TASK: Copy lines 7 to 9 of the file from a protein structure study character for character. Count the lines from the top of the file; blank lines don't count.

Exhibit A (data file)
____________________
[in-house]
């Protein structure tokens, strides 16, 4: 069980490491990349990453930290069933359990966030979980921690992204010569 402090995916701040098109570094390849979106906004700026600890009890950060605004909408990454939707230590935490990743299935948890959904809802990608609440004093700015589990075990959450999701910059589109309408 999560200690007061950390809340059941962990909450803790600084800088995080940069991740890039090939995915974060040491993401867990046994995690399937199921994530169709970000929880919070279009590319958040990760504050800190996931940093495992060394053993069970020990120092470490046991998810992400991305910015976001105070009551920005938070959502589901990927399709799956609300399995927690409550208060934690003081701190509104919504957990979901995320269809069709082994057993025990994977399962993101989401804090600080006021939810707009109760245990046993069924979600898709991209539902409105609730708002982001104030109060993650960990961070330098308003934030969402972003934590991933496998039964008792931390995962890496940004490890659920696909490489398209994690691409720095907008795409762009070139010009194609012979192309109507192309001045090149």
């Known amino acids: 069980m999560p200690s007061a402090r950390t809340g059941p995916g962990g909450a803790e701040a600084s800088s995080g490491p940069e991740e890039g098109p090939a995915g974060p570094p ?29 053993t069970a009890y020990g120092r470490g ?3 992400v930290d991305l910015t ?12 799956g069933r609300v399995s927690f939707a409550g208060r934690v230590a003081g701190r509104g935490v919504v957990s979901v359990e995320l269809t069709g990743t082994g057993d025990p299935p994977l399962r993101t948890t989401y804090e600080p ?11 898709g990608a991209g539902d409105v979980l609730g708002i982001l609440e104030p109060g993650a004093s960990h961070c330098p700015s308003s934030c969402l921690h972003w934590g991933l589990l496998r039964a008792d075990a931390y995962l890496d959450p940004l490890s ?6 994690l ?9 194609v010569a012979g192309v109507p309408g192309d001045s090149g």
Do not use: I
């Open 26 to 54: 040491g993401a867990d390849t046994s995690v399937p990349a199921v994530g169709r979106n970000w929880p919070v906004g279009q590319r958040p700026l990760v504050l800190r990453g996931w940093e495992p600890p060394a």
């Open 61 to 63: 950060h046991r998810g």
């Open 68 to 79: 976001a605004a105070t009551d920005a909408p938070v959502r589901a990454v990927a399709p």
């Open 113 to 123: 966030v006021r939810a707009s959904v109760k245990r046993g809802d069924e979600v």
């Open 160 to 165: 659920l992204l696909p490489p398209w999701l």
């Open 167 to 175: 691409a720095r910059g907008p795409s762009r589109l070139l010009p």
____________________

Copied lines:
């Open 68 to 79: 976001a605004a105070t009551d920005a909408p938070v959502r589901a990454v990927a399709p």
């Open 113 to 123: 966030v006021r939810a707009s959904v109760k245990r046993g809802d069924e979600v």
């Open 160 to 165: 659920l992204l696909p490489p398209w999701l």